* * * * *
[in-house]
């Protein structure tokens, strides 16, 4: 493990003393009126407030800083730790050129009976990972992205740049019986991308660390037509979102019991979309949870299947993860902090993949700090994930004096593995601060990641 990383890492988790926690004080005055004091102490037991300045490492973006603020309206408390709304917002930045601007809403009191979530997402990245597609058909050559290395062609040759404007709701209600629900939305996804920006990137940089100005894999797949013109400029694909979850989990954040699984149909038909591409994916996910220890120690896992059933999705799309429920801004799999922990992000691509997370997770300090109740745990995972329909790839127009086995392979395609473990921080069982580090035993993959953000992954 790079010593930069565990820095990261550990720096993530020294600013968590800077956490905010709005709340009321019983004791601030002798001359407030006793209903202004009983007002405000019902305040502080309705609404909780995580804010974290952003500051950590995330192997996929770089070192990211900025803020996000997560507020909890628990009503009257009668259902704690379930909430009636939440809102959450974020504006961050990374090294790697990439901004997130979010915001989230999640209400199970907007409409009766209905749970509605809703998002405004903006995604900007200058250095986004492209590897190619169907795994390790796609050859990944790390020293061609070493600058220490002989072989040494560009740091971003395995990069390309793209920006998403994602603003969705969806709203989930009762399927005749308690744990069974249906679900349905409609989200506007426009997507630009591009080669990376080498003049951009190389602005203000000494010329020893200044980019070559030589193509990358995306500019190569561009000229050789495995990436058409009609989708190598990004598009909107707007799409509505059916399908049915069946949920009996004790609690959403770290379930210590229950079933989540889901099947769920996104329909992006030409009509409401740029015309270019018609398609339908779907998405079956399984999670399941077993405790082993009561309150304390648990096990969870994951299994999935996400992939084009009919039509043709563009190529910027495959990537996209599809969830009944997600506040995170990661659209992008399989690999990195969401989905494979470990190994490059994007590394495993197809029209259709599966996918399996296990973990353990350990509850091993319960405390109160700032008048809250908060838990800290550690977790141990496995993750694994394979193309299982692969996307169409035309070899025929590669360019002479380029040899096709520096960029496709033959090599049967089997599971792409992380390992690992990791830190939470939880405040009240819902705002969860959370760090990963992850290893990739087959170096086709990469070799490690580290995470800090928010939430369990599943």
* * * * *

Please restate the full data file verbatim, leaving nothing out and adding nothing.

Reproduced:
[in-house]
């Protein structure tokens, strides 16, 4: 493990003393009126407030800083730790050129009976990972992205740049019986991308660390037509979102019991979309949870299947993860902090993949700090994930004096593995601060990641 990383890492988790926690004080005055004091102490037991300045490492973006603020309206408390709304917002930045601007809403009191979530997402990245597609058909050559290395062609040759404007709701209600629900939305996804920006990137940089100005894999797949013109400029694909979850989990954040699984149909038909591409994916996910220890120690896992059933999705799309429920801004799999922990992000691509997370997770300090109740745990995972329909790839127009086995392979395609473990921080069982580090035993993959953000992954 790079010593930069565990820095990261550990720096993530020294600013968590800077956490905010709005709340009321019983004791601030002798001359407030006793209903202004009983007002405000019902305040502080309705609404909780995580804010974290952003500051950590995330192997996929770089070192990211900025803020996000997560507020909890628990009503009257009668259902704690379930909430009636939440809102959450974020504006961050990374090294790697990439901004997130979010915001989230999640209400199970907007409409009766209905749970509605809703998002405004903006995604900007200058250095986004492209590897190619169907795994390790796609050859990944790390020293061609070493600058220490002989072989040494560009740091971003395995990069390309793209920006998403994602603003969705969806709203989930009762399927005749308690744990069974249906679900349905409609989200506007426009997507630009591009080669990376080498003049951009190389602005203000000494010329020893200044980019070559030589193509990358995306500019190569561009000229050789495995990436058409009609989708190598990004598009909107707007799409509505059916399908049915069946949920009996004790609690959403770290379930210590229950079933989540889901099947769920996104329909992006030409009509409401740029015309270019018609398609339908779907998405079956399984999670399941077993405790082993009561309150304390648990096990969870994951299994999935996400992939084009009919039509043709563009190529910027495959990537996209599809969830009944997600506040995170990661659209992008399989690999990195969401989905494979470990190994490059994007590394495993197809029209259709599966996918399996296990973990353990350990509850091993319960405390109160700032008048809250908060838990800290550690977790141990496995993750694994394979193309299982692969996307169409035309070899025929590669360019002479380029040899096709520096960029496709033959090599049967089997599971792409992380390992690992990791830190939470939880405040009240819902705002969860959370760090990963992850290893990739087959170096086709990469070799490690580290995470800090928010939430369990599943």